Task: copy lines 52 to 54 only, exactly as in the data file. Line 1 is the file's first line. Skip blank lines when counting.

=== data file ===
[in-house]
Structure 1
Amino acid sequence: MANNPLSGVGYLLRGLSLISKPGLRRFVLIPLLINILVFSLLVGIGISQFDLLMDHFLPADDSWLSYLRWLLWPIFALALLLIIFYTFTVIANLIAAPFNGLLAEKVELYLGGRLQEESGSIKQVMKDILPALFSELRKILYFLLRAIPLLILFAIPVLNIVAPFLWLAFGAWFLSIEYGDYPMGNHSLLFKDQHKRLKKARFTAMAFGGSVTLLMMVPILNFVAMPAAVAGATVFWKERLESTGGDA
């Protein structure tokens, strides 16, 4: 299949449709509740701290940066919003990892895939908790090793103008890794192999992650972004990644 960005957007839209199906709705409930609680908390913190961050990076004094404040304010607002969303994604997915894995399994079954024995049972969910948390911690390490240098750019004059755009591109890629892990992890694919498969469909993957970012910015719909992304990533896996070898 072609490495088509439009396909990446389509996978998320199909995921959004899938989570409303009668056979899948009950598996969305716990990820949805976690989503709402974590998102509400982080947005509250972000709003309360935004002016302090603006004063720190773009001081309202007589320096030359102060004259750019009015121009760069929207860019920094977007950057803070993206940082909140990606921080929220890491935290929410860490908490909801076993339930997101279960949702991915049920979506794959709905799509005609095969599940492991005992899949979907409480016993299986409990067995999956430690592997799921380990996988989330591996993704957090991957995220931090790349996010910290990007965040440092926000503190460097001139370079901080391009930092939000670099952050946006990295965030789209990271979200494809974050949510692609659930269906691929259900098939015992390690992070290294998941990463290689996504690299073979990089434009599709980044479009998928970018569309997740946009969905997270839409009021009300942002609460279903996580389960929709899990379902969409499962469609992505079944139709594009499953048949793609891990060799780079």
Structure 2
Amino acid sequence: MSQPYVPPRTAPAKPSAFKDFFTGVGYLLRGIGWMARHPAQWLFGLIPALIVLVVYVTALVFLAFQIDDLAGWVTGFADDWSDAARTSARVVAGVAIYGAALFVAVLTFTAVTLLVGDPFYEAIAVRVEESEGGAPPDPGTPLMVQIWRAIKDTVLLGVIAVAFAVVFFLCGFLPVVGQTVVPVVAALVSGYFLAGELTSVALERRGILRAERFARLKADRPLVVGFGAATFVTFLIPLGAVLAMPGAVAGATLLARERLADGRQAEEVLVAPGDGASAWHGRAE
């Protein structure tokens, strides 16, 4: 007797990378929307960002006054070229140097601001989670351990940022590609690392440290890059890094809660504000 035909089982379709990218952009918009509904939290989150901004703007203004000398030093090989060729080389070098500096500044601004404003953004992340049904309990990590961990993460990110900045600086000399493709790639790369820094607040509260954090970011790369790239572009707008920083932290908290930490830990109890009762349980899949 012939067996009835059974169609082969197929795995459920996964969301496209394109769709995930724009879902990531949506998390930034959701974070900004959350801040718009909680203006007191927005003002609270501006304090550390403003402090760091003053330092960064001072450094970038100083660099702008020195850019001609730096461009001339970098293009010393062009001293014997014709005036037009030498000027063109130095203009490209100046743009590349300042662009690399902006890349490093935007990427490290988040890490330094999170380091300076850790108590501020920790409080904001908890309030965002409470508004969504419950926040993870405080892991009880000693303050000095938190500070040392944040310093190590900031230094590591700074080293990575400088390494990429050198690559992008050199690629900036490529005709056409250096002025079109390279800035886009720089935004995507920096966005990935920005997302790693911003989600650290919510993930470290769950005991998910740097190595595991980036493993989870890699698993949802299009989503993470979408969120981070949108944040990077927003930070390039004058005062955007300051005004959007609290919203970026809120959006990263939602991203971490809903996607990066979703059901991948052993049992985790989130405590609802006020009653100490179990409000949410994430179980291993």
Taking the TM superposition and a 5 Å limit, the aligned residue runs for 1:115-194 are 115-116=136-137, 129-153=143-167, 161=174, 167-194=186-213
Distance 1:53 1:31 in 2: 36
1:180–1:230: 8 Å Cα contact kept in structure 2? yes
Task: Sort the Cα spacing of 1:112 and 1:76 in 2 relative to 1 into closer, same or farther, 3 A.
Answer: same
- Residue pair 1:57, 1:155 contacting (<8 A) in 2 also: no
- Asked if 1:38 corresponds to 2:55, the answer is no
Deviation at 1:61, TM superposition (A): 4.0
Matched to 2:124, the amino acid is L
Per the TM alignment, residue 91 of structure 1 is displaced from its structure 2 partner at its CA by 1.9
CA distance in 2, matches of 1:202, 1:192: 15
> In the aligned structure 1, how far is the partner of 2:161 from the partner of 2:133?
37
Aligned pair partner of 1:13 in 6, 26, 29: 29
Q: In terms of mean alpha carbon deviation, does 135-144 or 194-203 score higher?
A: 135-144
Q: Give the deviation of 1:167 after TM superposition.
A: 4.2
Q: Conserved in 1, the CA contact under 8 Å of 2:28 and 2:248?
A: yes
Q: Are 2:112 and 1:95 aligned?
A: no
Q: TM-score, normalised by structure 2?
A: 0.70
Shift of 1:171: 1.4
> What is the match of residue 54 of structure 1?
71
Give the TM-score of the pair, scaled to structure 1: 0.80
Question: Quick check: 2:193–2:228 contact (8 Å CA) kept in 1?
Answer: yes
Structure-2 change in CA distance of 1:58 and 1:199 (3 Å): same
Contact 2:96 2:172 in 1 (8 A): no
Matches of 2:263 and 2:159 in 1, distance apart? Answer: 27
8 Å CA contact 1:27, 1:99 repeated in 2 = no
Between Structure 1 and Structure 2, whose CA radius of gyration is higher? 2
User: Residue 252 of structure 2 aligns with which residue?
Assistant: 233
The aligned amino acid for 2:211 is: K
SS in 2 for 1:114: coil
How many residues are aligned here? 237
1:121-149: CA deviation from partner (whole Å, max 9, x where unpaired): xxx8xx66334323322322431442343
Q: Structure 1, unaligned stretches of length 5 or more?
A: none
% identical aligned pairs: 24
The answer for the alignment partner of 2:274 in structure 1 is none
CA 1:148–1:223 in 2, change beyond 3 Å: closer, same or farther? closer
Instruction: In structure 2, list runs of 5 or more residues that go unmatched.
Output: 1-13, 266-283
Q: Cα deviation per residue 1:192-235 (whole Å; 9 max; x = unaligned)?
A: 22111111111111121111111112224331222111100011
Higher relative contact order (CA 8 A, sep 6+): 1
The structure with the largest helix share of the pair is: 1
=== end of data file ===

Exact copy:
The answer for the alignment partner of 2:274 in structure 1 is none
CA 1:148–1:223 in 2, change beyond 3 Å: closer, same or farther? closer
Instruction: In structure 2, list runs of 5 or more residues that go unmatched.